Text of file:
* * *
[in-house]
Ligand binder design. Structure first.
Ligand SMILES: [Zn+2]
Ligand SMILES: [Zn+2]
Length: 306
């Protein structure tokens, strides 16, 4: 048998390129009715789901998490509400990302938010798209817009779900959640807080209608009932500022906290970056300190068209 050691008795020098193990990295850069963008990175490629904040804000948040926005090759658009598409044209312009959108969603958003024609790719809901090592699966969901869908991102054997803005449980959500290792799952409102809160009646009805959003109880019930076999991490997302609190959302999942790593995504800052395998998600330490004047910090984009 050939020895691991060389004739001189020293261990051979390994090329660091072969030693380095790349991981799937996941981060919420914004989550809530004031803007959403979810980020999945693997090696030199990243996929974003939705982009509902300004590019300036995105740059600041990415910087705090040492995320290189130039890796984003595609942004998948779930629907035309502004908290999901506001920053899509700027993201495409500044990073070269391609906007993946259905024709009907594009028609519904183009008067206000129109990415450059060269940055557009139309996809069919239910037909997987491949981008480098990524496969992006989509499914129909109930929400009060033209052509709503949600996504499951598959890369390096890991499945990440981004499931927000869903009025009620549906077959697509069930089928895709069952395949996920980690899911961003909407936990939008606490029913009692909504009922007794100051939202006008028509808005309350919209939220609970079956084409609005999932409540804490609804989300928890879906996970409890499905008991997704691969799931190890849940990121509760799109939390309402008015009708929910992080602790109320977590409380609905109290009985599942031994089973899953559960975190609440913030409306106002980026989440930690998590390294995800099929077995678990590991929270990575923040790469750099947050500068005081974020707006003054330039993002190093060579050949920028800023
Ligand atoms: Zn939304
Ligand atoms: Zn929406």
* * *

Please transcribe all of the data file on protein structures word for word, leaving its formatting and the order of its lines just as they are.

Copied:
[in-house]
Ligand binder design. Structure first.
Ligand SMILES: [Zn+2]
Ligand SMILES: [Zn+2]
Length: 306
């Protein structure tokens, strides 16, 4: 048998390129009715789901998490509400990302938010798209817009779900959640807080209608009932500022906290970056300190068209 050691008795020098193990990295850069963008990175490629904040804000948040926005090759658009598409044209312009959108969603958003024609790719809901090592699966969901869908991102054997803005449980959500290792799952409102809160009646009805959003109880019930076999991490997302609190959302999942790593995504800052395998998600330490004047910090984009 050939020895691991060389004739001189020293261990051979390994090329660091072969030693380095790349991981799937996941981060919420914004989550809530004031803007959403979810980020999945693997090696030199990243996929974003939705982009509902300004590019300036995105740059600041990415910087705090040492995320290189130039890796984003595609942004998948779930629907035309502004908290999901506001920053899509700027993201495409500044990073070269391609906007993946259905024709009907594009028609519904183009008067206000129109990415450059060269940055557009139309996809069919239910037909997987491949981008480098990524496969992006989509499914129909109930929400009060033209052509709503949600996504499951598959890369390096890991499945990440981004499931927000869903009025009620549906077959697509069930089928895709069952395949996920980690899911961003909407936990939008606490029913009692909504009922007794100051939202006008028509808005309350919209939220609970079956084409609005999932409540804490609804989300928890879906996970409890499905008991997704691969799931190890849940990121509760799109939390309402008015009708929910992080602790109320977590409380609905109290009985599942031994089973899953559960975190609440913030409306106002980026989440930690998590390294995800099929077995678990590991929270990575923040790469750099947050500068005081974020707006003054330039993002190093060579050949920028800023
Ligand atoms: Zn939304
Ligand atoms: Zn929406």